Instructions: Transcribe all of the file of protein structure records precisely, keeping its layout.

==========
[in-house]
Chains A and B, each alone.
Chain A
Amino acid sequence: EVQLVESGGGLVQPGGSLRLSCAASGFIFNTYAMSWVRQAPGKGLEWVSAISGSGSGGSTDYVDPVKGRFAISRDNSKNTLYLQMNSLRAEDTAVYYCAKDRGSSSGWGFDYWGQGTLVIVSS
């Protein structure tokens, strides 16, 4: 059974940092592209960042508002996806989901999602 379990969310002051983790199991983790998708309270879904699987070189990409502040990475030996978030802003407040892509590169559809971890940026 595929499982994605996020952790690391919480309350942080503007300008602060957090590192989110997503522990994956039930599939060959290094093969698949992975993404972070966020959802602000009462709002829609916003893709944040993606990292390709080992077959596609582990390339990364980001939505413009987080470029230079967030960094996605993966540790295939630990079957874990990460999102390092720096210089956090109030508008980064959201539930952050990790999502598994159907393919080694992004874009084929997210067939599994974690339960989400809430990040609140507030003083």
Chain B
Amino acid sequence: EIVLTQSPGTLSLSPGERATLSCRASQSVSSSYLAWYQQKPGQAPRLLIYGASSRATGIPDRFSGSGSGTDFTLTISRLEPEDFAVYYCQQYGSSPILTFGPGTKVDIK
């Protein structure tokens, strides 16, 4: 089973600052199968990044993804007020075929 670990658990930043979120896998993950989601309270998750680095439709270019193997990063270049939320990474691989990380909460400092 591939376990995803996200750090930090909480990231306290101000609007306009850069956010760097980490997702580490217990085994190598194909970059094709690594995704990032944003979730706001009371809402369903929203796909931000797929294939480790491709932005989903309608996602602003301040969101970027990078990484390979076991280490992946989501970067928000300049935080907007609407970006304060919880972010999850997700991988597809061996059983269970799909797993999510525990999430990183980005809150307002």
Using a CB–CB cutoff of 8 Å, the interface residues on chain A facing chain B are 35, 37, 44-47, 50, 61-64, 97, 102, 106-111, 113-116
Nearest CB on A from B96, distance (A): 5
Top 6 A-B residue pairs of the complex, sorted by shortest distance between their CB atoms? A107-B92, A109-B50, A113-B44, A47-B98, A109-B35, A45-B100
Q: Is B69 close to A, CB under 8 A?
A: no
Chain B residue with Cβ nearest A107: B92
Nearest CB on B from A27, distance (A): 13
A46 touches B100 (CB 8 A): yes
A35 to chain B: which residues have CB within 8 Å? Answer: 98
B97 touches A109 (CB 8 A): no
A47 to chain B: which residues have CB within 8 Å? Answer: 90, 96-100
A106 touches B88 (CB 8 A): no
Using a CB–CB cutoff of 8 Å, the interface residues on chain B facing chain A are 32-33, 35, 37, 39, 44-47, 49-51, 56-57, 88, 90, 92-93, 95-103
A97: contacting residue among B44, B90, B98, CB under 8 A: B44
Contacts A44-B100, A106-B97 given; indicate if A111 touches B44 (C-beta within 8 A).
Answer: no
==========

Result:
[in-house]
Chains A and B, each alone.
Chain A
Amino acid sequence: EVQLVESGGGLVQPGGSLRLSCAASGFIFNTYAMSWVRQAPGKGLEWVSAISGSGSGGSTDYVDPVKGRFAISRDNSKNTLYLQMNSLRAEDTAVYYCAKDRGSSSGWGFDYWGQGTLVIVSS
């Protein structure tokens, strides 16, 4: 059974940092592209960042508002996806989901999602 379990969310002051983790199991983790998708309270879904699987070189990409502040990475030996978030802003407040892509590169559809971890940026 595929499982994605996020952790690391919480309350942080503007300008602060957090590192989110997503522990994956039930599939060959290094093969698949992975993404972070966020959802602000009462709002829609916003893709944040993606990292390709080992077959596609582990390339990364980001939505413009987080470029230079967030960094996605993966540790295939630990079957874990990460999102390092720096210089956090109030508008980064959201539930952050990790999502598994159907393919080694992004874009084929997210067939599994974690339960989400809430990040609140507030003083």
Chain B
Amino acid sequence: EIVLTQSPGTLSLSPGERATLSCRASQSVSSSYLAWYQQKPGQAPRLLIYGASSRATGIPDRFSGSGSGTDFTLTISRLEPEDFAVYYCQQYGSSPILTFGPGTKVDIK
């Protein structure tokens, strides 16, 4: 089973600052199968990044993804007020075929 670990658990930043979120896998993950989601309270998750680095439709270019193997990063270049939320990474691989990380909460400092 591939376990995803996200750090930090909480990231306290101000609007306009850069956010760097980490997702580490217990085994190598194909970059094709690594995704990032944003979730706001009371809402369903929203796909931000797929294939480790491709932005989903309608996602602003301040969101970027990078990484390979076991280490992946989501970067928000300049935080907007609407970006304060919880972010999850997700991988597809061996059983269970799909797993999510525990999430990183980005809150307002």
Using a CB–CB cutoff of 8 Å, the interface residues on chain A facing chain B are 35, 37, 44-47, 50, 61-64, 97, 102, 106-111, 113-116
Nearest CB on A from B96, distance (A): 5
Top 6 A-B residue pairs of the complex, sorted by shortest distance between their CB atoms? A107-B92, A109-B50, A113-B44, A47-B98, A109-B35, A45-B100
Q: Is B69 close to A, CB under 8 A?
A: no
Chain B residue with Cβ nearest A107: B92
Nearest CB on B from A27, distance (A): 13
A46 touches B100 (CB 8 A): yes
A35 to chain B: which residues have CB within 8 Å? Answer: 98
B97 touches A109 (CB 8 A): no
A47 to chain B: which residues have CB within 8 Å? Answer: 90, 96-100
A106 touches B88 (CB 8 A): no
Using a CB–CB cutoff of 8 Å, the interface residues on chain B facing chain A are 32-33, 35, 37, 39, 44-47, 49-51, 56-57, 88, 90, 92-93, 95-103
A97: contacting residue among B44, B90, B98, CB under 8 A: B44
Contacts A44-B100, A106-B97 given; indicate if A111 touches B44 (C-beta within 8 A).
Answer: no